Widow of Disabled Veteran Awarded 30 Years of Past-Due Social Security Disability Benefits

Published

In the summer of 1974, at age 33, a Cranston resident and veteran of the 101st Airborne Division of the United States Army began to experience symptoms of mental illness and was diagnosed with a serious mental disorder. In 1975, he applied for Social Security Disability Insurance (SSDI) benefits. The Social Security Administration (SSA) denied his claim. His family could not understand why he was denied, and he re-applied in March of 1978. SSA again denied his claim. His family reluctantly accepted SSA’s decision and did not appeal. His mental health never improved.

In 2003, when he became eligible for Social Security retirement benefits, his wife applied for him. While at the SSA, she asked why he was never eligible for disability benefits, and she applied again on his behalf, alleging disability back to 1975. Later in 2005 a hearing was scheduled for his case. At the hearing, an independent medical expert testified that the claimant had experienced “marked” limitations in multiple fields of functioning since at least 1975. The Administrative Law Judge therefore approved the case, issuing a decision awarding benefits, but only since the most recent application in 2003. The judge denied him benefits dating back to 1975. Therefore, although medical evidence established disability back to 1975, he was only awarded SSI benefits dating back to December 2003, the month after his final SSI application. Not long after in 2005, the claimant died in a veteran’s home.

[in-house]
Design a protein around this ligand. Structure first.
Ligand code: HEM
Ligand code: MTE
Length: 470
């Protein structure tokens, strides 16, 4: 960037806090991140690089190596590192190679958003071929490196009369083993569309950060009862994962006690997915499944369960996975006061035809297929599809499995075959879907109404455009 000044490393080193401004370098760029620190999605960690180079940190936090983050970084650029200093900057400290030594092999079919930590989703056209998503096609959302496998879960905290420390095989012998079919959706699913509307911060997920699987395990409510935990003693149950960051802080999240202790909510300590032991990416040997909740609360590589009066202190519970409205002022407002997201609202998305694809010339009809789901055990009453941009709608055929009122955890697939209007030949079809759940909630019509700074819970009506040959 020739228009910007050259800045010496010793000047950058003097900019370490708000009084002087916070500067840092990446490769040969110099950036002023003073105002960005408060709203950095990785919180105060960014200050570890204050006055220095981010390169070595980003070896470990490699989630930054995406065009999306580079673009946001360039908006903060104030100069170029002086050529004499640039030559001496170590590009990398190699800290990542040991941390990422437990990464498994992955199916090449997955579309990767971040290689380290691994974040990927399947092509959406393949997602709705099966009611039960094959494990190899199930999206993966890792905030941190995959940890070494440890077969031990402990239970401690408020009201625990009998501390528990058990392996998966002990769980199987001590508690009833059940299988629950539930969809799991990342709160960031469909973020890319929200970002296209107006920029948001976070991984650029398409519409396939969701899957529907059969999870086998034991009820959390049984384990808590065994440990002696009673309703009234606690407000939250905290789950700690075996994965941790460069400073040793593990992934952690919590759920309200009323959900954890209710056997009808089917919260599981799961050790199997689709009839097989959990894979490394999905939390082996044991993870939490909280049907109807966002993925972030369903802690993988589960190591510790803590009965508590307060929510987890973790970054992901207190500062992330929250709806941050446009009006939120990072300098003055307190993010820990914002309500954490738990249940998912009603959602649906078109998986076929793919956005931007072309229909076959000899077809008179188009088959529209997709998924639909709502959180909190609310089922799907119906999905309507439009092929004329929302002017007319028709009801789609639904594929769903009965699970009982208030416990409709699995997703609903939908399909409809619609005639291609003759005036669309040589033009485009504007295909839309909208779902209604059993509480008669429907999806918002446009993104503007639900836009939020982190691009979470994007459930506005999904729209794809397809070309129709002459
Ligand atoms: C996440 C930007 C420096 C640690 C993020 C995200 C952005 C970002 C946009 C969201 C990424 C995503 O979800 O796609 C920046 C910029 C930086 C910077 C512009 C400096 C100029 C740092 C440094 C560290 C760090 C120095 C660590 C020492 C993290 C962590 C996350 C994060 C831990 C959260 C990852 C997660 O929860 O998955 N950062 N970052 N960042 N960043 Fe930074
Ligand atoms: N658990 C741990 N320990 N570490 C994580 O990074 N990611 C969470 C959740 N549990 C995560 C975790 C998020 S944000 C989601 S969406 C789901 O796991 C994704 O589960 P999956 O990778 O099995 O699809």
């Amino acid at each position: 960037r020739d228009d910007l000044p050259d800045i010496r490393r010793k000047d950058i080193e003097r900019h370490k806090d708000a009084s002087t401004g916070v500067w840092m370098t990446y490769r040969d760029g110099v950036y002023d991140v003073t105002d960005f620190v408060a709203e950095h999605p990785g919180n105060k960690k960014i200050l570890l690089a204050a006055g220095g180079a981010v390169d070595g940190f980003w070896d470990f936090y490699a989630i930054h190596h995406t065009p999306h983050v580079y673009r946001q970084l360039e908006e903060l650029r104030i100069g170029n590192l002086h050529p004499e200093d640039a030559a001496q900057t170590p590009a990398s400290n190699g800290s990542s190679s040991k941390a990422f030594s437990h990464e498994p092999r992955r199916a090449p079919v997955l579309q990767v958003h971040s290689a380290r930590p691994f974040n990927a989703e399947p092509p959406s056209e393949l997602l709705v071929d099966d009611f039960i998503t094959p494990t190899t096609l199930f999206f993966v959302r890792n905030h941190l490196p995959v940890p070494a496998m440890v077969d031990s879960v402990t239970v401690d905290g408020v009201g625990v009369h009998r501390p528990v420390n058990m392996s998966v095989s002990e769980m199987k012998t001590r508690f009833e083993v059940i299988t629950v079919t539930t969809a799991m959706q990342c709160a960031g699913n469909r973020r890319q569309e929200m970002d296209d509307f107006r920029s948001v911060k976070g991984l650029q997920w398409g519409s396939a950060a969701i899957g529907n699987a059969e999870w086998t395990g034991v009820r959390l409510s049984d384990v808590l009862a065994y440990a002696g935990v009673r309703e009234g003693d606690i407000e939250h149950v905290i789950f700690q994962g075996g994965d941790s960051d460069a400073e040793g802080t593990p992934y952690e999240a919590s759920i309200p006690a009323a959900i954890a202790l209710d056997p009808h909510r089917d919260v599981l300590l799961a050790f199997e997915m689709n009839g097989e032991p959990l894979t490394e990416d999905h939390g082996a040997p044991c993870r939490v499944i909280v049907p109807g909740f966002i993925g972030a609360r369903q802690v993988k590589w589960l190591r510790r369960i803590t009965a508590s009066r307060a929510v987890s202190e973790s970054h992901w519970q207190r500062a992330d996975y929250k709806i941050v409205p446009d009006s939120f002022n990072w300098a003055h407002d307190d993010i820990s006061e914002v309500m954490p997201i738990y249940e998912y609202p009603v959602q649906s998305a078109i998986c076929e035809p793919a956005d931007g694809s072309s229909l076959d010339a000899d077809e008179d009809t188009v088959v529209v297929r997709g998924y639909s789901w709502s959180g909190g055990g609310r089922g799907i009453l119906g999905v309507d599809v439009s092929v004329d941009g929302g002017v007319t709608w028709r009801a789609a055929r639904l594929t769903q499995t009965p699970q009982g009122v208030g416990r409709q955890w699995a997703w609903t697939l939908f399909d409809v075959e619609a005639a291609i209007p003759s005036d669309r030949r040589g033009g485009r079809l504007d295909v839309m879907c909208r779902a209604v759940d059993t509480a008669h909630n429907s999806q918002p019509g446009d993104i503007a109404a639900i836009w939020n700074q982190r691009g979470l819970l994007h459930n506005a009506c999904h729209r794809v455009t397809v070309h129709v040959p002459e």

His grieving widow consulted with Marasco & Nesselbush partner Donna Nesselbush to inquire whether she had any appeal rights regarding his prior disability applications. Citing a little-known Social Security law, Attorney Nesselbush appealed the ruling, arguing that he was, in fact and in law, entitled to disability benefits dating back to 1975. The Appeals Council denied the claim, as did the United States District Court. Loyal to her client and believing in the case, Attorney Nesselbush appealed to the First Circuit Court of Appeals. In September 2010, the First Circuit Court of Appeals ruled in our client’s favor, remanding the case back to Social Security for another hearing.

At that hearing, Marasco & Nesselbush Associate Attorney, Joseph P. Wilson, represented our client’s widow. After reviewing all the evidence, an independent medical expert agreed with the Social Security team at Marasco & Nesselbush, stating that our client’s illness was totally disabling all the way back to 1975, and the judge awarded his widow the retroactive benefits dating from 1975.

Finally, 36 years after his initial application and after six long years of litigation, we are very pleased to report that our client’s family has seen justice done. For our client’s widow, this marks the end of a long and difficult journey. “This decision finally honors my late husband, and he deserves it. Marasco & Nesselbush walked with me through the unjust times until we turned it into justice, and never once did this firm lose their confidence or give up on my husband’s claim. For this, I thank them.” – our client’s widow said.